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John Buchan

John Buchan was born in Perth, the eldest son of the Rev. John Buchan. He grew up for a time in Fife, before moving with his family to Glasgow. He holidayed with his grandparents in the Scottish Borders.

Buchan was schooled at Hutchesons’ Grammar School in Glasgow and then studied Classics at Glasgow University, where he wrote poetry and first became a published writer. He then went on to Brasenose College, Oxford, where he studied law. He had to take another first degree at Oxford, as his degree from Glasgow University was deemed unsatisfactory. While at Brasenose Buchan continued his writing and won the Stanhope Essay Prize in 1897 and the Newdigate Prize for Poetry in 1898. After graduating from Oxford, he started a short-lived career in law, in 1901, before moving quickly into politics. He became the private secretary to Alfred Milner, who was High commissioner for South Africa, Governor of Cape Colony and Colonial Administrator of Transvaal and the Orange Free State. His time with Milner allowed him to become well acquainted with a region that would be a recurring setting in his writing.

On his return to London, in 1903, he became a partner in the publishing firm Thomas Nelson and Sons where he continued to write and publish his own works and for a time virtually edited The Spectator. In 1907 he married Susan Charlotte Grosvener, a cousin of the Duke of Westminster, and they had four children. Buchan had his first novel, Sir Quixote of the Moors, published in 1895, but in 1910, the first of his adventure novels, Prestor John, was published. During World War I he wrote for the War Propaganda Bureau and was a correspondent for The Times in France.

In 1914, whist recovering from illness, Buchan wrote his best known book, The Thirty-Nine Steps, which was published in 1915. This, his 27th book, introduced us to the British hero Richard Hannay, who was based on an old friend of Buchan’s from his South African days, Edmund Ironside.

In 1916 the sequel to The Thirty-Nine Steps, Greenmantle, was published. In this year Buchan joined the British Army Intelligence Corps, where he composed speeches for Sir Douglas Haig. Under Lord Beaverbrook, in 1917, he became the Director of Information. After the war Buchan became a director of the news agency, Reuters, and continued his interest in politics.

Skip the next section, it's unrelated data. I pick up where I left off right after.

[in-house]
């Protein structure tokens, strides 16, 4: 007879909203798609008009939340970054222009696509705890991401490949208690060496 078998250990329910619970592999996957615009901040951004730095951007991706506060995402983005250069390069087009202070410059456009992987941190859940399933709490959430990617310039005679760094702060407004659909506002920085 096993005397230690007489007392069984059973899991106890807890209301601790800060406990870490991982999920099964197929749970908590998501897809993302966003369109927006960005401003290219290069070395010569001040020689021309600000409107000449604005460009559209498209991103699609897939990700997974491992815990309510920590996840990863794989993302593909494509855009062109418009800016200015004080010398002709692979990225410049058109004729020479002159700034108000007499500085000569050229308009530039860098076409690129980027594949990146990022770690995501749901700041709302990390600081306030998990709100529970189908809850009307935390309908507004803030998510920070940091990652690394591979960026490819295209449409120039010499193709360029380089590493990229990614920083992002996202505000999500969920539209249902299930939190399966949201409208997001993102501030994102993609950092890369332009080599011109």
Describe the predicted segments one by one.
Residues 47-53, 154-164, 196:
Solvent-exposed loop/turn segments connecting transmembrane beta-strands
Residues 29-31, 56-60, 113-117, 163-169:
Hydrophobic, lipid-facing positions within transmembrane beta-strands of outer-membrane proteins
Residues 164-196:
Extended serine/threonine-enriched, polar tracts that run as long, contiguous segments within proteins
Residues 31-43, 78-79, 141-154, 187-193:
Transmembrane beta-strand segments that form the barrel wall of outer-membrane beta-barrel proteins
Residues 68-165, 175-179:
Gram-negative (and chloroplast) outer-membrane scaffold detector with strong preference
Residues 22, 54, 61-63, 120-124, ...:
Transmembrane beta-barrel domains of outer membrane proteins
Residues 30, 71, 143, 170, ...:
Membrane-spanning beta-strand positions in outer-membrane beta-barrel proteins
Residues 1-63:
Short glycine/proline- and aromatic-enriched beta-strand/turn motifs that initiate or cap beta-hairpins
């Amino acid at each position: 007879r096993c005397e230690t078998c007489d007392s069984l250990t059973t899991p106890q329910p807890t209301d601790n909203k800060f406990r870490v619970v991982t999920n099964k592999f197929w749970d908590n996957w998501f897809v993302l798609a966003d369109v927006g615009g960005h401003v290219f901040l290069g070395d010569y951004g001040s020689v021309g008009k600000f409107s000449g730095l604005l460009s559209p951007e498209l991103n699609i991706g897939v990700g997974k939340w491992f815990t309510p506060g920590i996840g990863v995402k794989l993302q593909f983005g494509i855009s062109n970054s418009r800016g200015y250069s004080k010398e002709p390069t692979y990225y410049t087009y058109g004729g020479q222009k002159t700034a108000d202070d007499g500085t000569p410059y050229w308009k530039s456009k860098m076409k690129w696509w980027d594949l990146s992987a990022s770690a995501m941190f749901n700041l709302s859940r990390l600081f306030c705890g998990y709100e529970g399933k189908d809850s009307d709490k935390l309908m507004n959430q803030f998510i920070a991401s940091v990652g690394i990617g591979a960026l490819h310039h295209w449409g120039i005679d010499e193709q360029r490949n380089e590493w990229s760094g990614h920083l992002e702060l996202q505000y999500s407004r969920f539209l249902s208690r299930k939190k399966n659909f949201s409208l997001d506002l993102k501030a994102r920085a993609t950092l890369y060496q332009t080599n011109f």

The Thirty-Nine Steps was by far his most famous novel and it has been filmed three times, the first being directed by Alfred Hitchcock. However, Buchan wrote much more widely than adventure tales: his output included poetry and biographies, including Sir Walter Scott, Caesar Augustus, Oliver Cromwell and Julius Caesar.

Buchan’s political endeavours saw him twice the Lord High Commissioner to the General Assembly of the Church of Scotland. In 1927 he was elected, in a by-election, as a Scottish Unionist MP for the Scottish Universities, a post he held until 1935.

In 1935 he became the 15th Governor General of Canada. The Canadian Prime Minister, William Lyon Mackenzie King wanted Buchan to take the post as a commoner, but King George V wanted to be represented by a peer, and so Buchan became the 1st Baron Tweedsmuir of Elsfield. Both Buchan and his wife took their roles in Canada seriously. Lady Tweedsmuir was active in promoting literacy in Canada, using Rideau Hall as a distribution centre for 40,000 books that were sent to readers in the remote west of the country, and this became known as The Lady Tweedsmuir Prairie Library Scheme.

John Buchan was recognised by Glasgow, St. Andrews, McGill, Toronto and Montreal Universities, which all conferred him Doctor of Law. He was made an Honorary Fellow and Honorary D.C.L. of Oxford University.

He died while still in office as Governor General of Canada. He never stopped working.

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